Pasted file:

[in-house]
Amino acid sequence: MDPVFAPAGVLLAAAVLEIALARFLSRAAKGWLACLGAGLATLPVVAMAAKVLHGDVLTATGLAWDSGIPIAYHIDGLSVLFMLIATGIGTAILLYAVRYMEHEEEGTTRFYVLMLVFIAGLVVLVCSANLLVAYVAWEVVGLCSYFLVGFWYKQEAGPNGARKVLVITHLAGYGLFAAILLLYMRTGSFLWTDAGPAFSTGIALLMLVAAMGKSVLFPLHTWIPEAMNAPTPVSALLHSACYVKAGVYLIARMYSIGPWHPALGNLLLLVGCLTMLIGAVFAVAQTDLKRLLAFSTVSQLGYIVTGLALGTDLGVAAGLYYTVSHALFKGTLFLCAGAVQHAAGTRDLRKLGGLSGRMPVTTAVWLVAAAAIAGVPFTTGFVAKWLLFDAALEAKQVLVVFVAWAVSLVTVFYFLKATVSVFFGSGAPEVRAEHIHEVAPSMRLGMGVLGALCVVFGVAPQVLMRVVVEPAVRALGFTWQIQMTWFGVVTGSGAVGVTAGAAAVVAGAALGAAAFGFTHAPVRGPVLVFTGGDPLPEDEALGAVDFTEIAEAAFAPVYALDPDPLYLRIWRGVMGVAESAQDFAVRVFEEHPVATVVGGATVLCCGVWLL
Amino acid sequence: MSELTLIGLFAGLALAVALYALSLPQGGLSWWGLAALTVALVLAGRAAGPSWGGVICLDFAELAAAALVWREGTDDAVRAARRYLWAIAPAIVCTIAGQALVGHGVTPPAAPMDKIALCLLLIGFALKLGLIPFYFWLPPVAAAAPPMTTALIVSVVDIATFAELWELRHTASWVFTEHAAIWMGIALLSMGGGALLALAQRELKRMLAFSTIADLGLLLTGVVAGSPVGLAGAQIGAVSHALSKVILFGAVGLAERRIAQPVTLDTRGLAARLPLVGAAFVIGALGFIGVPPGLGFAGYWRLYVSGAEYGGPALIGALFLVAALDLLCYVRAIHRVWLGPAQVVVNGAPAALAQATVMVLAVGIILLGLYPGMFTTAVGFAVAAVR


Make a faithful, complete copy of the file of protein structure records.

[in-house]
Amino acid sequence: MDPVFAPAGVLLAAAVLEIALARFLSRAAKGWLACLGAGLATLPVVAMAAKVLHGDVLTATGLAWDSGIPIAYHIDGLSVLFMLIATGIGTAILLYAVRYMEHEEEGTTRFYVLMLVFIAGLVVLVCSANLLVAYVAWEVVGLCSYFLVGFWYKQEAGPNGARKVLVITHLAGYGLFAAILLLYMRTGSFLWTDAGPAFSTGIALLMLVAAMGKSVLFPLHTWIPEAMNAPTPVSALLHSACYVKAGVYLIARMYSIGPWHPALGNLLLLVGCLTMLIGAVFAVAQTDLKRLLAFSTVSQLGYIVTGLALGTDLGVAAGLYYTVSHALFKGTLFLCAGAVQHAAGTRDLRKLGGLSGRMPVTTAVWLVAAAAIAGVPFTTGFVAKWLLFDAALEAKQVLVVFVAWAVSLVTVFYFLKATVSVFFGSGAPEVRAEHIHEVAPSMRLGMGVLGALCVVFGVAPQVLMRVVVEPAVRALGFTWQIQMTWFGVVTGSGAVGVTAGAAAVVAGAALGAAAFGFTHAPVRGPVLVFTGGDPLPEDEALGAVDFTEIAEAAFAPVYALDPDPLYLRIWRGVMGVAESAQDFAVRVFEEHPVATVVGGATVLCCGVWLL
Amino acid sequence: MSELTLIGLFAGLALAVALYALSLPQGGLSWWGLAALTVALVLAGRAAGPSWGGVICLDFAELAAAALVWREGTDDAVRAARRYLWAIAPAIVCTIAGQALVGHGVTPPAAPMDKIALCLLLIGFALKLGLIPFYFWLPPVAAAAPPMTTALIVSVVDIATFAELWELRHTASWVFTEHAAIWMGIALLSMGGGALLALAQRELKRMLAFSTIADLGLLLTGVVAGSPVGLAGAQIGAVSHALSKVILFGAVGLAERRIAQPVTLDTRGLAARLPLVGAAFVIGALGFIGVPPGLGFAGYWRLYVSGAEYGGPALIGALFLVAALDLLCYVRAIHRVWLGPAQVVVNGAPAALAQATVMVLAVGIILLGLYPGMFTTAVGFAVAAVR